As a personal watercraft owner you
should become familiar with not only how to operate your boat, but also rules
and laws which may affect its operation. Your personal watercraft is a
powerboat. Therefore you must follow the same operation and equipment laws as
JET DRIVE BASICS
Your personal watercraft is propelled by the thrust of a
jet pump. The pump draws water into the housing ahead of the impeller. The
impeller forces the water in a stream out through the nozzle at the back of the
personal watercraft. There’s a steerable nozzle at the rear of the pump
housing. When the handlebars are turned, the nozzle directs the stream from
side to side turning the craft. If the engine is not pushing the jet of water,
there will be no thrust to steer the craft. Without throttle, you have no
steering and no way to avoid obstacles!
Because personal watercraft are small,
fast, maneuverable and can be operated in such diverse locations, it is
important for personal watercraft operators to be familiar with boating laws,
rules of the road, waterway restrictions and boating courtesies. All operators
of a watercraft greater than 10 hp AND youths 12-15 operating a power boat of
any size MUST carry a boater education card.
- Youth must be 12 or older to get a
boater education card.
- Youth 12-15 can operate a boat of
10 hp or less without an adult.
- Youth 12-15 may operate a boat of
more than 10 hp if accompanied by an adult 16 or older (18 or older for a
personal watercraft) who has a boater education card.
- A person 16 or older will need a
boater education card to operate a power-boat (including a PWC) with a
motor greater than 10 hp.
Even after you’ve completed an approved
boater education course, do the following:
- Read the owner’s manual.
- Practice starting and stopping the
engine safely. Some personal watercraft are unstable at slow speeds, so
practice slow speed operation.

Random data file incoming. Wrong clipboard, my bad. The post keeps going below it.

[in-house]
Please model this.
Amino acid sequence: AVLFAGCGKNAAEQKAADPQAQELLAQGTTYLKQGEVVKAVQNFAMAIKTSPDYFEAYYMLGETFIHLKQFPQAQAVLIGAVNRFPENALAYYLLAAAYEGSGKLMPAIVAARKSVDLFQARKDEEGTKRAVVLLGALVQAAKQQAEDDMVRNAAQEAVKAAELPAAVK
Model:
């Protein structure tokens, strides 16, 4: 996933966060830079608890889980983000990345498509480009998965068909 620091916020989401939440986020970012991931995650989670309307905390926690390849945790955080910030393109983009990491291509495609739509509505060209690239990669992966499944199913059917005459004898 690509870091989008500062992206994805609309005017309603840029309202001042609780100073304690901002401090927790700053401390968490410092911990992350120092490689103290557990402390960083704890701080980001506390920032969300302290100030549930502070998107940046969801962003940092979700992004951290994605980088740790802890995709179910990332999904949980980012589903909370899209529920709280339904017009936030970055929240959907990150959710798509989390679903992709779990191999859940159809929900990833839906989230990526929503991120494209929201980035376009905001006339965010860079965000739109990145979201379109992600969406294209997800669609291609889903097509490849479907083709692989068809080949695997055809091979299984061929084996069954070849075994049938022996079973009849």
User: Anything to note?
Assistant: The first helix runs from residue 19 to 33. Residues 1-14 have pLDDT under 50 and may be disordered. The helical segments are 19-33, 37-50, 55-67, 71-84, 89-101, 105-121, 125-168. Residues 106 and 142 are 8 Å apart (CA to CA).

- Beginners should use extreme
- Learn the local boat operating
rules and the rules of the road before climbing aboard your watercraft.
- Contact the Marine Board for a
copy of “Play Away,” the Board’s video on safe personal watercraft
- Move around – avoid “buzzing”
around the same location for long periods of time.
If you enjoy sharing the sport with
family and friends, make sure they are properly instructed in the safe operation
of a personal watercraft and carry their boater education card, too. Teaching
new riders is the owner’s responsibility.
It is against the law to permit a
person under 16 years of age to operate a personal watercraft without being
accompanied on the watercraft by someone 18 or older. No person shall rent a
personal watercraft to anyone under the age of 18.
You must slow to 10 MPH when you
approach within 100 feet of another motorized boat or a sailboat underway. You
are not required to slow if they are approaching you. Anytime you are within
100 feet of anchored vessels or non-motorized craft, you must slow to slow-no-wake.
Except for safe take-offs and landings,
you must also operate at slow-no-wake when within 200 feet of a lake, bay or
reservoir shoreline. State law also requires a maximum slow-no-wake speed
within 200 feet of a swimmer, surfer, shoreline angler, diving flag or location
where people are working at water level. That limit also applies within 200
feet of a dock, launch ramp, marina or moorage, floating home or boathouse,